For Brig. Gen. Doug Cherry and many attending the ceremony at the Fort Douglas Cemetery on Monday, Memorial Day is personal.
They were there not just to pay tribute to those who have died in the service of their country, but to remember individual friends and family who sacrificed their lives.
“Many of us have lost friends and loved ones in battle. I think of my lost friends each Memorial Day,” said Cherry, the deputy commanding general of the Army Reserves’ 76th Division.
He recalled a classmate and fellow officer who was leading a convoy in Iraq in May 2003 when they were ambushed near Haditha, and his friend was killed by a sniper.
“So, as we all remember today, help me to remember Matt,” Cherry said.
He invited members of the audience to share the names of loved ones they had lost. Among those who stood and called out a name was David Moss, a Utah native who moved back to the state when he came off active duty in the Army three years ago. He recalled a fellow soldier who served with him in the 2nd Infantry Division when they were deployed to Iraq in 2009 and 2010.
“She was a soldier in my unit,” he said, the emotion apparent in his voice. “She ended up taking her life in Iraq. The stress of being downrange got to her... I went out to Dover [Air Force Base] and escorted her body. It was tough. It was tough on everybody.”
Moss and his family were among several hundred who turned out to the Fort Douglas Cemetery early on Memorial Day to honor those who served their country. From senior citizens in wheelchairs to toddlers in carriages, from folks in suits and ties and dresses to folks in shorts and t-shirts emblazoned with stars and stripes, many gathered at the Fort Douglas Museum and trooped behind bagpipers to the cemetery.
For 2½-year-old Reyansh Thapa, that was the highlight.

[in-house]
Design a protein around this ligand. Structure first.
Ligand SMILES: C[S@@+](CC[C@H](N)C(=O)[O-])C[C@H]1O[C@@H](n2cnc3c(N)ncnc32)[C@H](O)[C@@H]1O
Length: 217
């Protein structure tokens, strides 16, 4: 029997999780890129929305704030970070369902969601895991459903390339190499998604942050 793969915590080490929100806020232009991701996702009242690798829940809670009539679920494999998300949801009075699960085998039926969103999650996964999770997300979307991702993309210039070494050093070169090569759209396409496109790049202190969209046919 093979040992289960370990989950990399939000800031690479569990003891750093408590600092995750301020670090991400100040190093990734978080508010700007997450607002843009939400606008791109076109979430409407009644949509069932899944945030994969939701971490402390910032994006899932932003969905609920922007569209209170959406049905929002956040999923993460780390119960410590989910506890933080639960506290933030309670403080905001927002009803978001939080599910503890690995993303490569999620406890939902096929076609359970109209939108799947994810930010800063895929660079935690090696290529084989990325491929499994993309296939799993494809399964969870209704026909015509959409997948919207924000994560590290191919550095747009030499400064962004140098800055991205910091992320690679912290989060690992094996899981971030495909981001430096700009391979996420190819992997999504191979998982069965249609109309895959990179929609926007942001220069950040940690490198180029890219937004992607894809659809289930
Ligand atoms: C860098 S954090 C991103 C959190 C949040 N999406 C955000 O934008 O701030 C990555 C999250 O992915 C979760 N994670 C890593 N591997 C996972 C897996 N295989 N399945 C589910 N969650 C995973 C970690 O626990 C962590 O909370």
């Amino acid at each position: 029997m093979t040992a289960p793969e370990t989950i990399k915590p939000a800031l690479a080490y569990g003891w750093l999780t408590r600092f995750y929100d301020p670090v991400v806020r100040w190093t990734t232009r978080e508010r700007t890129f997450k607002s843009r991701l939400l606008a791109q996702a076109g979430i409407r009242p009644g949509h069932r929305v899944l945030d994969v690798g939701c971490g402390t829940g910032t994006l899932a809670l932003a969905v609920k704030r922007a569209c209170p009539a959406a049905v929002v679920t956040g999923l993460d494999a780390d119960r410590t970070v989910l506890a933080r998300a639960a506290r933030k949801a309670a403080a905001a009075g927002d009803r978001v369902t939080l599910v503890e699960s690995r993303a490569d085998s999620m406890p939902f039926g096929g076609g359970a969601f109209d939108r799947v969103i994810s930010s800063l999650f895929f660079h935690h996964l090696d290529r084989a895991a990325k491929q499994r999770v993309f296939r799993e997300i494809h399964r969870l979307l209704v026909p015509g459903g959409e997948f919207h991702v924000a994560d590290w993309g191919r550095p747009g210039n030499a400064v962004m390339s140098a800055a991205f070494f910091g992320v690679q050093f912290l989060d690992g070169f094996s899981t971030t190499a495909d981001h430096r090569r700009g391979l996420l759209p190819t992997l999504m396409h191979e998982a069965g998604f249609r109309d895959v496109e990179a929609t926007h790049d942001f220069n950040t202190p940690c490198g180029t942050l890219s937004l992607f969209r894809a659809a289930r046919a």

“He was asking for a parade this morning,” said his mother, Sangita Baniya. “His uncle is in the Army, and he’s interested in what they do.”
The native of Nepal — a student at the University of Utah — said she got caught up in the ceremony.
“This is our first time,” she said. “It was good. We liked the music and learning about the U.S. Army.”
Similar to ceremonies across the state and across the nation, those at Fort Douglas heard patriotic music and inspiring words, stood for the laying of a wreath, a gun salute and the playing of “Taps,” and remembered.
“Since the founding of our nation, more than 42 million Americans have stepped forward to serve our country when needed,” Cherry said. “More than a million died so their children and ours live in liberty. They came from every corner of America, and every walk of life.”
He promised they would not be forgotten, and that the United States will overcome “new threats to our freedom” from nations that “are challenging U.S. military dominance across every domain.”
“They will be met with same courage and commitment. And, like the foes of times past, will be defeated. This is our pledge to the men and women who have gone before, and our responsibility to our children and their children and all who follow.”